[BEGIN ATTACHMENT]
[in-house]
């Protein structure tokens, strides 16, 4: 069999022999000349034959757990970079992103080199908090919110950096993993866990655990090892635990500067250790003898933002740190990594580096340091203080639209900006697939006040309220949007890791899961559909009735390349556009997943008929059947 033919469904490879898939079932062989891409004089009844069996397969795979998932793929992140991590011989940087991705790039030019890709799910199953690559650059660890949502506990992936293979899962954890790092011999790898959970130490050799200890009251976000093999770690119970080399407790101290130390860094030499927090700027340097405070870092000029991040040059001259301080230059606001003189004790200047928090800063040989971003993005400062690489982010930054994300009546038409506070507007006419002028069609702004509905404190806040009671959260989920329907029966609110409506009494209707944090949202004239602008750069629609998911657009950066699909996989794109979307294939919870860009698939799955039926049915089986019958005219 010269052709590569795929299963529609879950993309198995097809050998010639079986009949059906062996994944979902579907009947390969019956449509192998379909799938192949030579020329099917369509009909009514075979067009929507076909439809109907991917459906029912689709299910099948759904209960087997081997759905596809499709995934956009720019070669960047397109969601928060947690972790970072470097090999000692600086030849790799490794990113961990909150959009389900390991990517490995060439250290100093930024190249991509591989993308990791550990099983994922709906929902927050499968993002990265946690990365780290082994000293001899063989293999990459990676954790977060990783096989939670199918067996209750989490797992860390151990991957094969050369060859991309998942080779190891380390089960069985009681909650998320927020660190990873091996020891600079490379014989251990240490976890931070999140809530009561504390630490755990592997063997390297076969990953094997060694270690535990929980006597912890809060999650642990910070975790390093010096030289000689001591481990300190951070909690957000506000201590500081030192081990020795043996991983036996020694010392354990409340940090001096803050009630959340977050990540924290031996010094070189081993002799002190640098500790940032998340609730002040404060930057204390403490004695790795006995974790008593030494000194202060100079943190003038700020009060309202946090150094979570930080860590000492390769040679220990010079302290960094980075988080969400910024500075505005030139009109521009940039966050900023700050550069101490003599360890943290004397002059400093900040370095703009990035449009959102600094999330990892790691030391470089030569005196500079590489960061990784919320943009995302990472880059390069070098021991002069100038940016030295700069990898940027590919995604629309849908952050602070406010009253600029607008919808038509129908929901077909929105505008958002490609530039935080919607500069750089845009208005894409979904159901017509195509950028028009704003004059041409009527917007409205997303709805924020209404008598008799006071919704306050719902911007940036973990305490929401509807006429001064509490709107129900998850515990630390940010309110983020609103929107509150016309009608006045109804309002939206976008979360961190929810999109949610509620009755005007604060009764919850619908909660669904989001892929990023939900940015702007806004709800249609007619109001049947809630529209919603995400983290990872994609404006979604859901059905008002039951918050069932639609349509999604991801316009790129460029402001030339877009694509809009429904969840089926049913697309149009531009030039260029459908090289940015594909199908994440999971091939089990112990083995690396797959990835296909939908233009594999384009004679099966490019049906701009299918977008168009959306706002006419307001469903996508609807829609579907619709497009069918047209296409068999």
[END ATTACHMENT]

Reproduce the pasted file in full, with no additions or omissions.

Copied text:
[in-house]
């Protein structure tokens, strides 16, 4: 069999022999000349034959757990970079992103080199908090919110950096993993866990655990090892635990500067250790003898933002740190990594580096340091203080639209900006697939006040309220949007890791899961559909009735390349556009997943008929059947 033919469904490879898939079932062989891409004089009844069996397969795979998932793929992140991590011989940087991705790039030019890709799910199953690559650059660890949502506990992936293979899962954890790092011999790898959970130490050799200890009251976000093999770690119970080399407790101290130390860094030499927090700027340097405070870092000029991040040059001259301080230059606001003189004790200047928090800063040989971003993005400062690489982010930054994300009546038409506070507007006419002028069609702004509905404190806040009671959260989920329907029966609110409506009494209707944090949202004239602008750069629609998911657009950066699909996989794109979307294939919870860009698939799955039926049915089986019958005219 010269052709590569795929299963529609879950993309198995097809050998010639079986009949059906062996994944979902579907009947390969019956449509192998379909799938192949030579020329099917369509009909009514075979067009929507076909439809109907991917459906029912689709299910099948759904209960087997081997759905596809499709995934956009720019070669960047397109969601928060947690972790970072470097090999000692600086030849790799490794990113961990909150959009389900390991990517490995060439250290100093930024190249991509591989993308990791550990099983994922709906929902927050499968993002990265946690990365780290082994000293001899063989293999990459990676954790977060990783096989939670199918067996209750989490797992860390151990991957094969050369060859991309998942080779190891380390089960069985009681909650998320927020660190990873091996020891600079490379014989251990240490976890931070999140809530009561504390630490755990592997063997390297076969990953094997060694270690535990929980006597912890809060999650642990910070975790390093010096030289000689001591481990300190951070909690957000506000201590500081030192081990020795043996991983036996020694010392354990409340940090001096803050009630959340977050990540924290031996010094070189081993002799002190640098500790940032998340609730002040404060930057204390403490004695790795006995974790008593030494000194202060100079943190003038700020009060309202946090150094979570930080860590000492390769040679220990010079302290960094980075988080969400910024500075505005030139009109521009940039966050900023700050550069101490003599360890943290004397002059400093900040370095703009990035449009959102600094999330990892790691030391470089030569005196500079590489960061990784919320943009995302990472880059390069070098021991002069100038940016030295700069990898940027590919995604629309849908952050602070406010009253600029607008919808038509129908929901077909929105505008958002490609530039935080919607500069750089845009208005894409979904159901017509195509950028028009704003004059041409009527917007409205997303709805924020209404008598008799006071919704306050719902911007940036973990305490929401509807006429001064509490709107129900998850515990630390940010309110983020609103929107509150016309009608006045109804309002939206976008979360961190929810999109949610509620009755005007604060009764919850619908909660669904989001892929990023939900940015702007806004709800249609007619109001049947809630529209919603995400983290990872994609404006979604859901059905008002039951918050069932639609349509999604991801316009790129460029402001030339877009694509809009429904969840089926049913697309149009531009030039260029459908090289940015594909199908994440999971091939089990112990083995690396797959990835296909939908233009594999384009004679099966490019049906701009299918977008168009959306706002006419307001469903996508609807829609579907619709497009069918047209296409068999």